Resilient railway project management by means of system dynamics tools

Zolfaghari, Mohammad Reza (2023). Resilient railway project management by means of system dynamics tools. University of Birmingham. Ph.D.

[img] Zolfaghari2023PhD.pdf
Text - Accepted Version
Restricted to Repository staff only until 20 February 2024.
Available under License All rights reserved.

Download (4MB) | Request a copy


Projects can be a collection of numerous interdependent subsystems, including activities, resources, information, etc. Complexity has been found to significantly impact the realisation of projects in terms of scope, time, and cost, and hence influences the discipline of project management. Studies confirm that most megaprojects do not meet their defined scope, time, and cost estimations and hence can be considered project failures. Despite many research studies considering these issues, projects still fail. This has been primarily due to a poor understanding of complexity, particularly the non-linear and dynamic interactions and interdependencies between project elements and the project and its surrounding environment. These issues can lead to deviations from defined objectives, delays, and cost overruns. Nonlinearity in complex projects causes unpredictability in the relationship between inputs and outputs. The behaviour of nonlinear systems can, on occasion, be predicted by employing some qualitative patterns, but complex systems are generally not responsive to conventional systems analysis. As modern projects are becoming more complex, new types of management approaches for projects are needed. Research is therefore needed to both: (i) understand complex issues within projects and (ii) decide how to manage complexity appropriately.

Railway infrastructure projects are particularly vulnerable to disruptive events caused by uncertainties and internal and external influences (such as scope change, change in design etc.) during their lifecycle. The adaptive capacity of systems refers to either the ability of the system to (i) return to its equilibrium point when disruption is encountered, using its programmed strategies, and planning methods, or (ii) adopt new approaches to respond to events that are outside of its preconfigured design and structure. The measure of the rapidness of a project to recover from disruption is referred to as resilience. The literature review highlighted a few of future research avenues to achieve a reliable tool to assess project resilience : (i) apply methods in more advanced fields (i.e. applicable to megaprojects); (ii) identify a set of validated indicators that can assess a project’s resilience, and hence its ability to manage disruptions; (iii) conduct structured experimental studies based on identified indicators that can evaluate proposed conceptual frameworks for assessing project resilience, and (iv) develop tools to be used by project stakeholders and managers to evaluate the impact of efforts required to enhance the resilience of the existing and future projects. Such a tool could be applied to measure a project’s strengths and weaknesses and suggest action plans to improve its resilience. The tool would augment existing project risk management strategies and hence help projects to become more resilient when facing disruptive events or unexpected changes.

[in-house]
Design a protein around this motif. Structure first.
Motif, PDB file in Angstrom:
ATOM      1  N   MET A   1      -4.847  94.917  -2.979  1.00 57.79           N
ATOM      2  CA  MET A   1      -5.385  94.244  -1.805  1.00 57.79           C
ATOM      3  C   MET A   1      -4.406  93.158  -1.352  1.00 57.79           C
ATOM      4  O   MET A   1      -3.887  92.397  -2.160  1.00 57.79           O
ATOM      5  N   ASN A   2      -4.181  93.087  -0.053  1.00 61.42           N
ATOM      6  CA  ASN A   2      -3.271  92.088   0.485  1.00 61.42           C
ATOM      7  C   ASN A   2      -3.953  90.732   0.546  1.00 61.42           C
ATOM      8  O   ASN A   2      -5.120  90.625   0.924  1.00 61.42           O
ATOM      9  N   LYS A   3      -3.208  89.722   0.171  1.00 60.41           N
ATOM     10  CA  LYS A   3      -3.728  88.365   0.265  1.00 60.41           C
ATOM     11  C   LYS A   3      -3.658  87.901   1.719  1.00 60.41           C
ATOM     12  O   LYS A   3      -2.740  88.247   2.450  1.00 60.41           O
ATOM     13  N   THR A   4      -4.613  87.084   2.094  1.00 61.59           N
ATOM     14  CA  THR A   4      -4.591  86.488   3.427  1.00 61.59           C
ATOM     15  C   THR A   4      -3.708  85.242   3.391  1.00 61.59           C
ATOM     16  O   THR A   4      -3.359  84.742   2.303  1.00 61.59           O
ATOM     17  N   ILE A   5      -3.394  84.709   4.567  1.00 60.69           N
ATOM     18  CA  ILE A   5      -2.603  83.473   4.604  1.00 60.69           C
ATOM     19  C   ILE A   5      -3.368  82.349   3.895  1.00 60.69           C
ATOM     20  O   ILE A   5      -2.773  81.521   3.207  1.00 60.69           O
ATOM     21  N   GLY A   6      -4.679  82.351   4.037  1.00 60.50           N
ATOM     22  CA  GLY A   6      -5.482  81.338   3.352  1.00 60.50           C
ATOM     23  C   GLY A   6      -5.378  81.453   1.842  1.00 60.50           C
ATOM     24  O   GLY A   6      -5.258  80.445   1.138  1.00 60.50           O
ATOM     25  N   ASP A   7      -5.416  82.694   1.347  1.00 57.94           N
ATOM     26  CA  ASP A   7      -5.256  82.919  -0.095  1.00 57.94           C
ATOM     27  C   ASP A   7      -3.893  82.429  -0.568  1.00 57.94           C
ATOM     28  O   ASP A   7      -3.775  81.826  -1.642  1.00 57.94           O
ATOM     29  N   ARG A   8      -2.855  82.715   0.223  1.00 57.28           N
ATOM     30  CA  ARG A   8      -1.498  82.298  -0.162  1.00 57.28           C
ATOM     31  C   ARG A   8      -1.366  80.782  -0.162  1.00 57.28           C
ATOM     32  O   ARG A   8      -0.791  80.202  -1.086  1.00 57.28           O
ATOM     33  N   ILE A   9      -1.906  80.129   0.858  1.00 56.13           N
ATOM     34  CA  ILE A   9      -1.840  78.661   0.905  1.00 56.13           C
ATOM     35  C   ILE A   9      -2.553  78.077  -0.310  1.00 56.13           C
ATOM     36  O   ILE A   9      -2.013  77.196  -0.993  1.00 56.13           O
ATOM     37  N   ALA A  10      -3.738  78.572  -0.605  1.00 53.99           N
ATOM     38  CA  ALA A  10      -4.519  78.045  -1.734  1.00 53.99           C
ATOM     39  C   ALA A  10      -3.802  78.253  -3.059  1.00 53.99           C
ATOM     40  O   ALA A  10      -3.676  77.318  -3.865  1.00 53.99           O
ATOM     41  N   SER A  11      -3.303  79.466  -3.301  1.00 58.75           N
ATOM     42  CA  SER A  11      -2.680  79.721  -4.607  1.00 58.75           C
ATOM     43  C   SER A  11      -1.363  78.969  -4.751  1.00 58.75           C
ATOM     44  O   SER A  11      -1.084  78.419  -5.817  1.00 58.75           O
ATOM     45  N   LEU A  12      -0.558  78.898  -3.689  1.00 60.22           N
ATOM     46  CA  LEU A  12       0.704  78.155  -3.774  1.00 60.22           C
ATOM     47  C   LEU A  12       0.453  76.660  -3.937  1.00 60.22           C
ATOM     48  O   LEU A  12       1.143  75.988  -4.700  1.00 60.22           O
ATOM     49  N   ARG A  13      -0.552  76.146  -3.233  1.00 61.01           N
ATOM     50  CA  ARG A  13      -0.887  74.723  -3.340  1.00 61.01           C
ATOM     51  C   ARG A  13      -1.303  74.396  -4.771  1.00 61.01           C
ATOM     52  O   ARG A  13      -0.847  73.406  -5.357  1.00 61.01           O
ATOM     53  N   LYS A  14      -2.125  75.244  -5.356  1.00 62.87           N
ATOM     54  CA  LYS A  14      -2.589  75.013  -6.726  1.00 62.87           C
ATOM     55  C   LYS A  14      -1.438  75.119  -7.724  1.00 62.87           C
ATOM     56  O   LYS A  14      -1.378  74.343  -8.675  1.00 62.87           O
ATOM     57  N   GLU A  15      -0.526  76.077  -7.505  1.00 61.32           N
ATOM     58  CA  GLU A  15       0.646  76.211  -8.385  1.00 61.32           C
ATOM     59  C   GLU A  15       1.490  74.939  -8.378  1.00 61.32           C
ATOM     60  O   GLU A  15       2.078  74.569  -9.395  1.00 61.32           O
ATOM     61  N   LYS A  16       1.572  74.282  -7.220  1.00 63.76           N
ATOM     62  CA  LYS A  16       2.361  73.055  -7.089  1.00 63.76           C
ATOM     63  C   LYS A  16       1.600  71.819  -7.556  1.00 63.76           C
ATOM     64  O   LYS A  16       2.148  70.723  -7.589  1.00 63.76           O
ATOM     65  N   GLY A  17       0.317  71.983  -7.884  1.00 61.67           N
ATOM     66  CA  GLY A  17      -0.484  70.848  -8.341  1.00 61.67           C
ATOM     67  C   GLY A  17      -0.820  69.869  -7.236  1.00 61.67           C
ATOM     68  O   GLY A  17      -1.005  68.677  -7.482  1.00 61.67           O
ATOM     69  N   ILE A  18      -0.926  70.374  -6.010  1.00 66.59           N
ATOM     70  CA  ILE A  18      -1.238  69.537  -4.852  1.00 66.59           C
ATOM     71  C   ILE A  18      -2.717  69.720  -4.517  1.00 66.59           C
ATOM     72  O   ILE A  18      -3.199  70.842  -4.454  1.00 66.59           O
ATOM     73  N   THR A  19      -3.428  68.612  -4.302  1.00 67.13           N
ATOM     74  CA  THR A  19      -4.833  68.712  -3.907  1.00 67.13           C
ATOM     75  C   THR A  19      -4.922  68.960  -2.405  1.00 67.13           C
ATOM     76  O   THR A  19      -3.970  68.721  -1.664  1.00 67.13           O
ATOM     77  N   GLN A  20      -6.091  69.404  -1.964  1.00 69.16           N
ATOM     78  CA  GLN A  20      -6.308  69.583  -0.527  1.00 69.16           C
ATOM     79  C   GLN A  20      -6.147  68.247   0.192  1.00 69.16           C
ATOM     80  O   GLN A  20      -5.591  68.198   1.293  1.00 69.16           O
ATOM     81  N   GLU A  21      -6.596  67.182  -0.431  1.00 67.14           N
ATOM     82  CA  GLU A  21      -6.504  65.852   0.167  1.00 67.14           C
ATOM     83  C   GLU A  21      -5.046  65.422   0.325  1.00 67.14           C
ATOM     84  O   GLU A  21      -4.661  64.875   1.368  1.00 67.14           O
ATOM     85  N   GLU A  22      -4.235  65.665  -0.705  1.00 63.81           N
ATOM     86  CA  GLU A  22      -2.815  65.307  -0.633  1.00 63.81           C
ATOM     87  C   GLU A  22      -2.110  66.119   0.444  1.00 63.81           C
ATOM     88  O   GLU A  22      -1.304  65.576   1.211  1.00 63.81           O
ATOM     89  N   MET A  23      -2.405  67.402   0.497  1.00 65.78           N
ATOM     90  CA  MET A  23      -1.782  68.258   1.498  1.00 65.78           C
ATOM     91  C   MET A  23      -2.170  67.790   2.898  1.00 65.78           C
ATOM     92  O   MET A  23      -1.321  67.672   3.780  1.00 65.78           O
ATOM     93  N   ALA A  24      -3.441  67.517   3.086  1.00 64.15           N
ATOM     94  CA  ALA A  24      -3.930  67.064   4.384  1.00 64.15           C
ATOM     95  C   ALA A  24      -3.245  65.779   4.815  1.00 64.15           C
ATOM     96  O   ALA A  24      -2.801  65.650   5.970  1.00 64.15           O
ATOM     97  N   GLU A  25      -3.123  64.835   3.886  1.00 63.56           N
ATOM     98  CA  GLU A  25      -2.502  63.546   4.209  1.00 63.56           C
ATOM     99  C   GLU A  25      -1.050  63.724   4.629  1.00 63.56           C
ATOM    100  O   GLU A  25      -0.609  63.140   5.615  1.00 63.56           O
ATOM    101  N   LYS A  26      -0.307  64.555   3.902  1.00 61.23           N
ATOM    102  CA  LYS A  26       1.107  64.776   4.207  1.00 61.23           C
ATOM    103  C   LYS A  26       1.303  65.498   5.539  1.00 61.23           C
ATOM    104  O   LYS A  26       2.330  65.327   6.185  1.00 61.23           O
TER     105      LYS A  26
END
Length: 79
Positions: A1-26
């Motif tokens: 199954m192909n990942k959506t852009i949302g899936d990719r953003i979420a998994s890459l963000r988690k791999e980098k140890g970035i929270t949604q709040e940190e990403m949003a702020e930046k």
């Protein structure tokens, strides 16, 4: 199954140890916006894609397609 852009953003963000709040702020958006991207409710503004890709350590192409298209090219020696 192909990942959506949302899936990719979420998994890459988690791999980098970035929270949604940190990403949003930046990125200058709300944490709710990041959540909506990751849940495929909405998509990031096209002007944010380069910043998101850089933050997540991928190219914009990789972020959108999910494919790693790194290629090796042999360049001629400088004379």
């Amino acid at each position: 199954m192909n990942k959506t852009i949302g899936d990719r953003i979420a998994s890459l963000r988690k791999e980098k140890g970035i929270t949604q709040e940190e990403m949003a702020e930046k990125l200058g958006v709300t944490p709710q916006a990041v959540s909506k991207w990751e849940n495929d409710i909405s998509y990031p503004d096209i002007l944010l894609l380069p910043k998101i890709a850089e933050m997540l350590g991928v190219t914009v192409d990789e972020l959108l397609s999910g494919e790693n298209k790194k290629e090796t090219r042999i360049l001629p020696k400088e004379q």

The scope of the research is to develop and apply an innovative methodology and analysis tool to railway project management. The approach considers project management as a system and utilises concepts and methods of system dynamics, to model the system (and its subsystems) and to evaluate its resilience. To evaluate the real-life application of the proposed method, the author applied his proposed method to measure the resilience of metro systems in response to disruptions or additional operating hours. The results are presented in Chapter 8.

The research aims to propose an innovative systematic, and reliable methodology to consider railway project management structure as a complex system and model its subsystems via Causal Loop Diagrams. To do so, the following objectives are defined:

• Generate a set of systematically developed causal loop diagrams for key subsystems of project management and conduct qualitative analysis to identify the resilience factors of each subsystem.
• Integrate and synthesise the modelled subsystems through developing innovative structured and formulated stock and flow diagrams (SFD) and studying the resilience of the proposed schematic project management structure. Qualitative analysis will be utilised to study interactions between developed subsystems
• Convert and propose the developed SFD into an innovative modelling tool, which can be adapted to any railway project and enable users to analyse trade-offs between different variables affecting project management resilience, as well as evaluate the impact of decisions on project performance.
• Develop a set of novel and unique CLDs and SFDs to model metro system operation management environment and analyse its resilience to be converted into 24-hour metro operation.

The proposed approach and platform of thinking are proposed to be applied as a complementary tool to measure the resilience of project management for railway infrastructure schemes and to add value to the existing project risk management approaches.